Anglican Church of Canada
June 30th, 2019 Proper 13
So I thought I would spend a little time with our old friend St. Paul this morning, because it has been a while, and because he is in fine form this morning, in the passage we just heard from Galatians.
I think what first caught my attention in this passage is the verses about the fruit of the Spirit. I think I had to memorise them in Sunday School long ago – though I can’t get them all straight today – and I half remember the little ditty we had to sing: Oh, the fruits of the Spirit are love, joy, peace . . . No, I can’t get it.
The fruit of the Spirit are love, joy, peace,
patience, kindness, generosity,
faithfulness, gentleness, and self-control.
Quite a list. It just about sums it up, doesn’t it? Paul is describing his sense of what our true selves as followers of Jesus should look like. It may remind us of other passages: the well known hymn to love in 1 Corinthians 13, for example, or other passages in other letters. There may even be a couple of other words we might like to add to this list: compassion (though perhaps that is the same as kindness), or gratitude, courage and hope. These lists name kind of people we would like to be, they set forth our ideals, even if we don’t live up to them.
There is a particular urgency to the way Paul talks about this in Galatians, because here he contrasts the fruit of the Spirit with another list: the works of the flesh. And what an ugly line-up it is:
fornication, impurity, licentiousness, idolatry, sorcery,
enmities, strife, jealousy, anger, quarrels, dissensions, factions, envy,
drunkenness, carousing, and things like these.
These are the things we are to avoid, the things we have learned to hate.
It all seems pretty straightforward, doesn’t it? We have a good list and a bad list, the things to do and the things to avoid, the sheep and the goats. It reminds me of those pictures of the Last Judgement they carved over the doors of medieval cathedrals, with the saved being led up into heaven – because they practised kindness and generosity and self-control and the rest – and the damned being dragged down to the eternal fires by leering demons of fornication and envy and hatred and drunkenness. The only problem is, one can’t shake the suspicion that the artists had a lot more fun carving the demons than the angels!
So it seems straightforward, this passage, it’s about choosing the good over the evil. And it is my task as preacher to exhort you to make the good choice, by denouncing the works of the flesh, maybe by drawing out their ugliness and the dire consequences of yielding to temptation, and by urging the commandments of God to choose the right path.
The trouble is, it doesn’t work. That isn’t telling you anything new – you already know perfectly well that you should choose love and kindness and peace and self-control, and reject licentiousness and strife and quarrels and carousing. But when we start being honest, when we move from the good Christians we pretend to be and take a closer look at that list of the works of the flesh, I think we will all find ourselves in there somewhere. Not all of us practise all the vices; I’m not suggesting that everyone is into fornication and drunkenness. And I’m guessing that most of us probably have our inclination to sorcery under control, so that’s good. But enmity, strife, quarrels, jealousy, envy. . . Even here in the church, even as we try to be nice to one another, we find ourselves so easily offended, or so easily offending someone else, maybe without meaning to. So it just isn’t working. Maybe I should spend more time in the pulpit berating you for your strife and arguments – but who am I to do that, who knows the same tendencies so well in myself?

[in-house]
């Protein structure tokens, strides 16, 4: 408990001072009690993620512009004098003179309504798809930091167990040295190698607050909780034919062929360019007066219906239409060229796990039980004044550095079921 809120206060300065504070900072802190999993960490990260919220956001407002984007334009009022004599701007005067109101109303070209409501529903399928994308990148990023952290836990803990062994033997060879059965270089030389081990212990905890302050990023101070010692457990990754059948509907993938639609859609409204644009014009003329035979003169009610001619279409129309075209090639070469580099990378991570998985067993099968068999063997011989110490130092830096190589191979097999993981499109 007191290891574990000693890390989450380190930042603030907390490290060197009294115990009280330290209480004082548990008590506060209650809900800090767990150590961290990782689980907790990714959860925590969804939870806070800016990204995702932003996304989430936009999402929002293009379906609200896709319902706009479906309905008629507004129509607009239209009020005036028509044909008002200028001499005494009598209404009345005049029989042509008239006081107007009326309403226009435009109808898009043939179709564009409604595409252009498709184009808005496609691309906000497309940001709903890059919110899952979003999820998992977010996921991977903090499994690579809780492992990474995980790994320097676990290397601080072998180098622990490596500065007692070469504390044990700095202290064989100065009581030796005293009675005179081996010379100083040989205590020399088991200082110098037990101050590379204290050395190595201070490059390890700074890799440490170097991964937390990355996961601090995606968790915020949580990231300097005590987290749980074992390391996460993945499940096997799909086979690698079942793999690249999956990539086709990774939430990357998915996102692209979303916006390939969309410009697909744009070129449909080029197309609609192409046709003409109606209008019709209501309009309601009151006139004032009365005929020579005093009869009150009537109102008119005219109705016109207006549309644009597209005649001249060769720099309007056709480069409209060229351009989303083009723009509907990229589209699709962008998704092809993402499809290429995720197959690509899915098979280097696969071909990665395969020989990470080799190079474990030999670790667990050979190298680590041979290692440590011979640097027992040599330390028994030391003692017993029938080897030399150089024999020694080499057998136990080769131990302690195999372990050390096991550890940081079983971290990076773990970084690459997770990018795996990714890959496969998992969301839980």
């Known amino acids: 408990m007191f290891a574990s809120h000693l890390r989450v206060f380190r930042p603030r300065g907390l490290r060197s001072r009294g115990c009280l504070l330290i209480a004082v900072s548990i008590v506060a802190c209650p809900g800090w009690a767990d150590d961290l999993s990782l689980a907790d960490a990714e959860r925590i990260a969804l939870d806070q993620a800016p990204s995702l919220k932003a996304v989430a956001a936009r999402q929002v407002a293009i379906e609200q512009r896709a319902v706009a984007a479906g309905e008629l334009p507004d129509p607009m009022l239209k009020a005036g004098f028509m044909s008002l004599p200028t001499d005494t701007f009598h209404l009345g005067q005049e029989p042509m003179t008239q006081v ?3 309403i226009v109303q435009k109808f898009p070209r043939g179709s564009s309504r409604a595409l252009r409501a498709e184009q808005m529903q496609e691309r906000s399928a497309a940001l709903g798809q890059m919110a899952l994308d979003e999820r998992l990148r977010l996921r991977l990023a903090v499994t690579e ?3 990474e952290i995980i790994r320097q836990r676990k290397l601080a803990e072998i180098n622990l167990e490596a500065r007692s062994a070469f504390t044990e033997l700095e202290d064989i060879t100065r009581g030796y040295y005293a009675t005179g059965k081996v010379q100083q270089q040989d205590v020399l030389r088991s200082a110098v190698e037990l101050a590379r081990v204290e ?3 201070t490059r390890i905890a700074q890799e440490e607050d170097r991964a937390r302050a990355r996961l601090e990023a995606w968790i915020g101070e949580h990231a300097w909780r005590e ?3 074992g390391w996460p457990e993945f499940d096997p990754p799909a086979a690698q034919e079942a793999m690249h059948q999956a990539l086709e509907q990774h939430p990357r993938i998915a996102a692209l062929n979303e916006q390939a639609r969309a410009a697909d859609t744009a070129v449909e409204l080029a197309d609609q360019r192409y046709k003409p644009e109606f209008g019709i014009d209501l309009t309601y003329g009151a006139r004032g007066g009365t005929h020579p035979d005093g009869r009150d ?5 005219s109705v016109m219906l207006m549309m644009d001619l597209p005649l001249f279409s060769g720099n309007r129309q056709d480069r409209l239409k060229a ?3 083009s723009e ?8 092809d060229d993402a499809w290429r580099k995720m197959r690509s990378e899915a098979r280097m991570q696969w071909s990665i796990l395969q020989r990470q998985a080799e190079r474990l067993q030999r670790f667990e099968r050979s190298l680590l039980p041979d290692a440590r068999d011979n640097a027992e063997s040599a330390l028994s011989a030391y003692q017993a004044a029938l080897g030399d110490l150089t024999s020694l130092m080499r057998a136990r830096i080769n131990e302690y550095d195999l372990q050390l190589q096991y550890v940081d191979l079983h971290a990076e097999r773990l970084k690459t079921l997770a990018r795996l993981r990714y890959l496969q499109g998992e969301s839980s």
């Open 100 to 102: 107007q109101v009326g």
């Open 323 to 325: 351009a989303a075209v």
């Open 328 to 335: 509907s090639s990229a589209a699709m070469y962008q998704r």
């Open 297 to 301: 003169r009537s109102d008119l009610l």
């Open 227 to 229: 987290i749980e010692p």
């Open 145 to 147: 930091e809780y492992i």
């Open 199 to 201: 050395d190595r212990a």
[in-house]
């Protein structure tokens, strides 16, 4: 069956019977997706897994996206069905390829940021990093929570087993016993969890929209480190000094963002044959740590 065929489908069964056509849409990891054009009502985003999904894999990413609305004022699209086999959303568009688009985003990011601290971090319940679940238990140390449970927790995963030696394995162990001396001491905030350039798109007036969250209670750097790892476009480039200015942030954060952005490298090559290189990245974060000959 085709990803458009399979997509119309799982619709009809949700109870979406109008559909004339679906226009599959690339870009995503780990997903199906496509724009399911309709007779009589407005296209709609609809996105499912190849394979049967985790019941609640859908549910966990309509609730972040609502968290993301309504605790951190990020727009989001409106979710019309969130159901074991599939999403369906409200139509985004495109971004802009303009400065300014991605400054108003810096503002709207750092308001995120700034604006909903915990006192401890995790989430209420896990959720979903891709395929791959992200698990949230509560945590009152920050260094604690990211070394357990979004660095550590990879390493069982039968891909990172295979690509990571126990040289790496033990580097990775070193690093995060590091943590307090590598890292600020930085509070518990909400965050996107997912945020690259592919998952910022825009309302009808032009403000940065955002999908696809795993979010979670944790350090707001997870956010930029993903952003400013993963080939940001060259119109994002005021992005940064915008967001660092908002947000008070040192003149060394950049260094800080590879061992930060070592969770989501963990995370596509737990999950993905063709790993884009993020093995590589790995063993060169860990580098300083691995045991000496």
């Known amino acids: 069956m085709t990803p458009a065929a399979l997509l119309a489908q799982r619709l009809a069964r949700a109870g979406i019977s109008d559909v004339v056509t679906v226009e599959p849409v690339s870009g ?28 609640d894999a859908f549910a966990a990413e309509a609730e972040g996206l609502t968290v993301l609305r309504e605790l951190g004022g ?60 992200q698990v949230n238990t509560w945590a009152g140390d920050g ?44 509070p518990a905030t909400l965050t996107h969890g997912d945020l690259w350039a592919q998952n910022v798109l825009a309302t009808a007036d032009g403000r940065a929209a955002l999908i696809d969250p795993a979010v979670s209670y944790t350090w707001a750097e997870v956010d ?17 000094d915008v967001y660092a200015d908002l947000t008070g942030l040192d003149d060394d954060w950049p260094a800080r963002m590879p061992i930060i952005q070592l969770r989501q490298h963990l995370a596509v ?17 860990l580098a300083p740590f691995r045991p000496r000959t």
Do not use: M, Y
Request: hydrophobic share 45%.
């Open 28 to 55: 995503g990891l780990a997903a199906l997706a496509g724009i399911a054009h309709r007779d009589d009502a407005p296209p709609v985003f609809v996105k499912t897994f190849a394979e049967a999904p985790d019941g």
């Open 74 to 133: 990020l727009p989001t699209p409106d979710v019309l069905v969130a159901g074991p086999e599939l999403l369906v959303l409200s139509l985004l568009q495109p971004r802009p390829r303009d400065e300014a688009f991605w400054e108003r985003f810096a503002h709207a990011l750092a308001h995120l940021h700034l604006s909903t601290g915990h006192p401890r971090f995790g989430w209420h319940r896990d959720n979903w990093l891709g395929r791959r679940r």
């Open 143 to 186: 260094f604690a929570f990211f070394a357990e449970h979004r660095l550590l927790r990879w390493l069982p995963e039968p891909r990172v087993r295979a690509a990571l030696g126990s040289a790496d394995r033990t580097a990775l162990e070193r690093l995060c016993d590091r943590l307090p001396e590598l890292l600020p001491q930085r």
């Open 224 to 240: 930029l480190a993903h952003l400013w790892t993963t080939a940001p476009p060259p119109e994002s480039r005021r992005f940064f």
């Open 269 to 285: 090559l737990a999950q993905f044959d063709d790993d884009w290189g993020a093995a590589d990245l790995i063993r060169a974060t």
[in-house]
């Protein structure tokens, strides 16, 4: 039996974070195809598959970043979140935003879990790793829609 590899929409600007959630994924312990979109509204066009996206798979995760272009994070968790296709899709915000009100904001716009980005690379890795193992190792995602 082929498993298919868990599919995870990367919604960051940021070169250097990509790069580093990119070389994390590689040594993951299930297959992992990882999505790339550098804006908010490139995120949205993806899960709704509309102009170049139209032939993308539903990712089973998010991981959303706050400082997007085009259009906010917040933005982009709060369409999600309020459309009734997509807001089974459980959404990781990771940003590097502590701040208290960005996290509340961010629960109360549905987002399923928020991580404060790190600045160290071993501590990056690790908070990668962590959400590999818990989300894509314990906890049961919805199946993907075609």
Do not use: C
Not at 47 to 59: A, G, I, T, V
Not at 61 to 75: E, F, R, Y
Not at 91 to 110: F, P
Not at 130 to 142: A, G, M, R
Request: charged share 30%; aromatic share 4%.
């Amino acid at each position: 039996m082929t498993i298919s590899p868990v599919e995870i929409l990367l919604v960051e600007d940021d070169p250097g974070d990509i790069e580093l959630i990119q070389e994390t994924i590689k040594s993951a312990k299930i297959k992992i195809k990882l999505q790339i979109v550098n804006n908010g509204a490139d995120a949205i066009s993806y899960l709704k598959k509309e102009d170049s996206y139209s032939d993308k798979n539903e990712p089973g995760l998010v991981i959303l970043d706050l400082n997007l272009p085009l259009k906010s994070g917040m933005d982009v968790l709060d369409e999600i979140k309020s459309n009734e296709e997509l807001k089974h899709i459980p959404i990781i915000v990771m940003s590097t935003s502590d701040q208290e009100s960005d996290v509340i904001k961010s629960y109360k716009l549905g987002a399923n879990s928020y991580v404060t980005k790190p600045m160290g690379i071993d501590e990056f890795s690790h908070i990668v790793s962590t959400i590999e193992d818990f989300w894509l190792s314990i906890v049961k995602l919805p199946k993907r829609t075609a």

These are what Paul calls the works of the flesh. A quick aside: when we hear a phrase like “sins of the flesh” we tend to think he is talking about sex, because that is what the church has been obsessed with in recent centuries. As though Paul was saying that our physical, sexual nature is in itself sinful. He is not. When Paul talks about the flesh, he means something different. He is talking about the basic selfishness at the heart of human nature, the old Adam, if you will. When we act selfishly around sex, looking only to indulge our own needs, then that is a work of the flesh; but so is acting selfishly in any other aspect of our lives: quarrelling, jealousy, envy, behaviour that ignores or belittles other people, these are all works of the flesh.
So why doesn’t it work just to moralize about making the right choices – and if that doesn’t work, to moralize even harder? The problem is, I think, that the works of the flesh come from a place deeper than our conscious decision. When we find ourselves doing or saying something we are ashamed of, it usually isn’t because we have decided to act like a jerk. Usually it just seems to happen; it emerges from our deepest anxieties and self-doubt, from ancient hurts we bear within us, from the fear of being unloved. And so we react when we feel disrespected, we take offence – and having taken offence, we quickly find ourselves giving offence.